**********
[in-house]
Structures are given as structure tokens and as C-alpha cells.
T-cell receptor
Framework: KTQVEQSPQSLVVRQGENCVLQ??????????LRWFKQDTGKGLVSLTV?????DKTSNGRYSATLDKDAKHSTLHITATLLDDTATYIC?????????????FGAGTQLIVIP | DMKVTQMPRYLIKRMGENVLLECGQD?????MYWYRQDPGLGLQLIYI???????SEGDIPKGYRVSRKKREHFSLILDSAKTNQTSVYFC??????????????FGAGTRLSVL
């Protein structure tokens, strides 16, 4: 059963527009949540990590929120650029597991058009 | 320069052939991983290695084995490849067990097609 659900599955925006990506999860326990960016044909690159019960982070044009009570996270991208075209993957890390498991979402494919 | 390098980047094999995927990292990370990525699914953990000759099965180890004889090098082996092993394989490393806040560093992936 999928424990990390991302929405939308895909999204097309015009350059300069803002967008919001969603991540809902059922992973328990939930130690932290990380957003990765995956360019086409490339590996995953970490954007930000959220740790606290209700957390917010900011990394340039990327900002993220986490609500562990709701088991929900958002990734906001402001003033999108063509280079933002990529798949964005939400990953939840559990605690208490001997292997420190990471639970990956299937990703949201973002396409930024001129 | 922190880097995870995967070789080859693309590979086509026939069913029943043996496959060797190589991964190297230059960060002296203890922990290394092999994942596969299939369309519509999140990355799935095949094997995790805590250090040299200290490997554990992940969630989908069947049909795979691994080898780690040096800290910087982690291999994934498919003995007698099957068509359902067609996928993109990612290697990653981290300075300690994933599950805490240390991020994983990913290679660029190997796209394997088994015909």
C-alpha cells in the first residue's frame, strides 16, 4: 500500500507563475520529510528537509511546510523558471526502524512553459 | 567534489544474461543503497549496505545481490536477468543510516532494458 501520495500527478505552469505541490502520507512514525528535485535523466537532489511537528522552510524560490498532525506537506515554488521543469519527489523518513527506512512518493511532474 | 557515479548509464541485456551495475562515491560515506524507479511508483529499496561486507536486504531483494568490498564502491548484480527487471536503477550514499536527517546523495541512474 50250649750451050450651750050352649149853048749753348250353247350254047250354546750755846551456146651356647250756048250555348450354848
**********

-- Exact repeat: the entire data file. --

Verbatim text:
[in-house]
Structures are given as structure tokens and as C-alpha cells.
T-cell receptor
Framework: KTQVEQSPQSLVVRQGENCVLQ??????????LRWFKQDTGKGLVSLTV?????DKTSNGRYSATLDKDAKHSTLHITATLLDDTATYIC?????????????FGAGTQLIVIP | DMKVTQMPRYLIKRMGENVLLECGQD?????MYWYRQDPGLGLQLIYI???????SEGDIPKGYRVSRKKREHFSLILDSAKTNQTSVYFC??????????????FGAGTRLSVL
């Protein structure tokens, strides 16, 4: 059963527009949540990590929120650029597991058009 | 320069052939991983290695084995490849067990097609 659900599955925006990506999860326990960016044909690159019960982070044009009570996270991208075209993957890390498991979402494919 | 390098980047094999995927990292990370990525699914953990000759099965180890004889090098082996092993394989490393806040560093992936 999928424990990390991302929405939308895909999204097309015009350059300069803002967008919001969603991540809902059922992973328990939930130690932290990380957003990765995956360019086409490339590996995953970490954007930000959220740790606290209700957390917010900011990394340039990327900002993220986490609500562990709701088991929900958002990734906001402001003033999108063509280079933002990529798949964005939400990953939840559990605690208490001997292997420190990471639970990956299937990703949201973002396409930024001129 | 922190880097995870995967070789080859693309590979086509026939069913029943043996496959060797190589991964190297230059960060002296203890922990290394092999994942596969299939369309519509999140990355799935095949094997995790805590250090040299200290490997554990992940969630989908069947049909795979691994080898780690040096800290910087982690291999994934498919003995007698099957068509359902067609996928993109990612290697990653981290300075300690994933599950805490240390991020994983990913290679660029190997796209394997088994015909």
C-alpha cells in the first residue's frame, strides 16, 4: 500500500507563475520529510528537509511546510523558471526502524512553459 | 567534489544474461543503497549496505545481490536477468543510516532494458 501520495500527478505552469505541490502520507512514525528535485535523466537532489511537528522552510524560490498532525506537506515554488521543469519527489523518513527506512512518493511532474 | 557515479548509464541485456551495475562515491560515506524507479511508483529499496561486507536486504531483494568490498564502491548484480527487471536503477550514499536527517546523495541512474 50250649750451050450651750050352649149853048749753348250353247350254047250354546750755846551456146651356647250756048250555348450354848